According to the present invention, in order to cover the periphery of the hydrogen-absorbing alloy with an anion-exchange resin, for example, the following method preferably is used. More specifically, a polymer having a reactive halogen-containing functional group, tertiary amine, and an inactive polymer are used as anion-exchange resin materials, and these materials are dissolved in an organic solvent to obtain a liquid anion-exchange resin. A conductive substrate of a negative electrode is coated or filled with the liquid anion-exchange resin together with a hydrogen-absorbing alloy, or the negative electrode having a hydrogen-absorbing alloy is impregnated with the liquid anion-exchange resin, followed by heating at 30° C. to 200° C., whereby tertiary amine is converted into quarternally amine by the polymer having a reactive halogen-containing functional group to form an anion-exchange resin coating on the periphery of the hydrogen-absorbing alloy. Then, by evaporating an organic solvent, a negative electrode having a hydrogen-absorbing alloy covered with an anion-exchange resin can be obtained.

As the above-mentioned polymer having a reactive halogen-containing functional group, for example, polyepichlorohydrin, and the like are used. As the tertiary amine, for example, 1,4-diazabicyclo-(2,2,2)-octane, and the like are used. As the inactive polymer, for example, polyacrylonitrile and the like are used. There is no particular limit to a ratio among the polymer having a reactive halogen-containing functional group, the tertiary amine, and the inactive polymer. For example, 40 to 65% by mass of the polymer having a reactive halogen-containing functional group, 30 to 40% by mass of the tertiary amine, and 0 to 30% by mass of the inactive polymer are appropriate.

Furthermore, the anion-exchange resin may be contained in a positive electrode as well as a negative electrode. Particularly, in the case where an anion-exchange film is formed as an electrolyte between a positive electrode and a negative electrode, the anion-exchange resin is contained in the positive electrode, whereby a path for conducting ions can be formed exactly between the positive electrode and the negative electrode. Therefore, an air-hydrogen battery excellent in charge/discharge characteristics and cycle characteristics can be constituted.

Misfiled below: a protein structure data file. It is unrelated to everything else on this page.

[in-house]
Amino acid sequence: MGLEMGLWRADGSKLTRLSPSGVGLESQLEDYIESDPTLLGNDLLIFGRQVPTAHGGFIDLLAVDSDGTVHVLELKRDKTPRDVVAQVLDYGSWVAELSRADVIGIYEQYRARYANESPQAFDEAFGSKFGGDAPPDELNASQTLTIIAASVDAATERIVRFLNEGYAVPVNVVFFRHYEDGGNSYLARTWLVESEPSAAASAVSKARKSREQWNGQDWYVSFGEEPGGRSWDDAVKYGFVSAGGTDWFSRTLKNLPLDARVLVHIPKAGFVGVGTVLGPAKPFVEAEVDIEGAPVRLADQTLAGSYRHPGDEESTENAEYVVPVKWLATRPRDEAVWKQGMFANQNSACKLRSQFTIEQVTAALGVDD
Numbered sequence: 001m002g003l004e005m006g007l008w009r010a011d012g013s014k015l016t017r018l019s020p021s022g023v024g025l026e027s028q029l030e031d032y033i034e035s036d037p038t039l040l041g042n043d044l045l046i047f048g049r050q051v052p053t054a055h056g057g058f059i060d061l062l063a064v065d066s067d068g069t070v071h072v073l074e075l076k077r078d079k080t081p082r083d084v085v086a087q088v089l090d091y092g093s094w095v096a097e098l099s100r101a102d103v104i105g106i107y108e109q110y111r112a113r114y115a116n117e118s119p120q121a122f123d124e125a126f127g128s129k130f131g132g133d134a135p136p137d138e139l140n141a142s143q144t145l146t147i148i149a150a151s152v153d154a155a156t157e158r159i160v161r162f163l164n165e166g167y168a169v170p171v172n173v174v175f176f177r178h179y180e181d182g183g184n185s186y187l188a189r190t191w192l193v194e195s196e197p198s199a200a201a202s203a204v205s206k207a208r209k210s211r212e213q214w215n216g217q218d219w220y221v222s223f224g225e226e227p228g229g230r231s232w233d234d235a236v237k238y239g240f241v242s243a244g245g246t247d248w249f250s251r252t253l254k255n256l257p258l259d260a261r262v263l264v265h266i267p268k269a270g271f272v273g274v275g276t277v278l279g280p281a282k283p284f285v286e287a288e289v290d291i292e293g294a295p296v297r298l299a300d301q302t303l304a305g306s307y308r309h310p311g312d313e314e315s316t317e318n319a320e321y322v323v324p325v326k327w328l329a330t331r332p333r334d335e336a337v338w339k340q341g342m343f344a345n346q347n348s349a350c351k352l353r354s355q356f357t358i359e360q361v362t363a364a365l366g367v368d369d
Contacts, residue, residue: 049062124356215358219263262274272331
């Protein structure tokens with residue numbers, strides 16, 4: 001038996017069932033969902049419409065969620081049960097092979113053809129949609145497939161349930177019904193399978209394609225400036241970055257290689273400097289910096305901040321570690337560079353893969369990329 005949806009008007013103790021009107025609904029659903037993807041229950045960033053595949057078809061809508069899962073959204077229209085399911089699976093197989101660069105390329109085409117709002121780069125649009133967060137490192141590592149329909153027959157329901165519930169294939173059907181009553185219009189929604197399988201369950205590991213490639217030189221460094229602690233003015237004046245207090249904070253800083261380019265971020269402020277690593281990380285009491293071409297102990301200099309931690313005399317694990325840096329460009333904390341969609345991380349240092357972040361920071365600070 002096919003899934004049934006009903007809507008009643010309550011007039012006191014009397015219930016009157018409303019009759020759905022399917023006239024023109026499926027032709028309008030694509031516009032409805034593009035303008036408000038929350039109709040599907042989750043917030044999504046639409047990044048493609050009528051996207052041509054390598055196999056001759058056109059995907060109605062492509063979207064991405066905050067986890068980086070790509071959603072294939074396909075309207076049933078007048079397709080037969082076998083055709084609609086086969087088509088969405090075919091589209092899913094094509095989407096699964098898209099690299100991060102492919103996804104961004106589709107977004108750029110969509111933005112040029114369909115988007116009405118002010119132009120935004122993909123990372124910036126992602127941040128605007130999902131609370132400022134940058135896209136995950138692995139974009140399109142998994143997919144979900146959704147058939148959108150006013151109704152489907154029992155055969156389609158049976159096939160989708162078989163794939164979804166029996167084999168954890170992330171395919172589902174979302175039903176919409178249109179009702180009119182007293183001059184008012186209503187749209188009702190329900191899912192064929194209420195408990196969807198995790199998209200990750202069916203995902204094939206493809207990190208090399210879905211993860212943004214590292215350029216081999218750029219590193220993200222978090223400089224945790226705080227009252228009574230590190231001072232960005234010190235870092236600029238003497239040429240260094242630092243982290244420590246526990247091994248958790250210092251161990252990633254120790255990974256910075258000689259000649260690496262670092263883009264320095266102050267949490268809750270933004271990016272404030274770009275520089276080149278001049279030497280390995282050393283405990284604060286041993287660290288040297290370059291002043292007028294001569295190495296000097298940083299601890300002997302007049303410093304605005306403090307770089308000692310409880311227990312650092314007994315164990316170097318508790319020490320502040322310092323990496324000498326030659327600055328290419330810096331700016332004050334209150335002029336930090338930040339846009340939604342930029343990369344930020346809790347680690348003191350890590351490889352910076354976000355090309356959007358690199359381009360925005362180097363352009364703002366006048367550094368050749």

Next, the present invention will be described by way of illustrative examples. It should be noted that the present invention is not limited thereto.

EXAMPLE 1

First, production of a negative electrode will be described. One gram of polyepichlorohydrin as a reactive halogen-containing functional group was dissolved in 10 g of N,N-dimethylformamide to obtain a solution. Then, 1 g of 1,4-diazabicyclo-(2,2,2)-octane as tertiary amine was added to the solution to effect a reaction at 80° C. for 1 hour. The reaction solution thus obtained was mixed with a solution in which 0.5 g of polyacrylonitrile as the inactive polymer was dissolved in 5 g of N,N-dimethylformamide to prepare a liquid anion-exchange resin.

Then, 10 g of a hydrogen-absorbing alloy represented by MmNi3.48Co0.74Mn0.4Al0.3 (herein, Mm is misch metal containing 33% by mass of La, 47% by mass of Ce, 5% by mass of Pr, and 15% by mass of Nd) was mixed with 1.7 g of the above-mentioned liquid anion-exchange resin to prepare a negative electrode mixture-containing paste. A conductive substrate made of a nickel foam with a pore ratio of 97% was coated with the negative electrode mixture-containing paste, followed by drying at 65° C. for 1 hour, whereby a negative electrode having a hydrogen-absorbing alloy covered with an anion-exchange resin was produced.

An air electrode constituting a positive electrode was produced as follows. A catalyst made of carbon black powder carrying 20% by mass of platinum was mixed with an aqueous dispersion of polytetrafluoroethylene so that the mass ratio therebetween became 80:20 to obtain a paste. A carbon fiber plate electrode support was coated with the paste thus obtained, followed by drying, whereby a positive electrode supported by the carbon fiber plate electrode support was produced.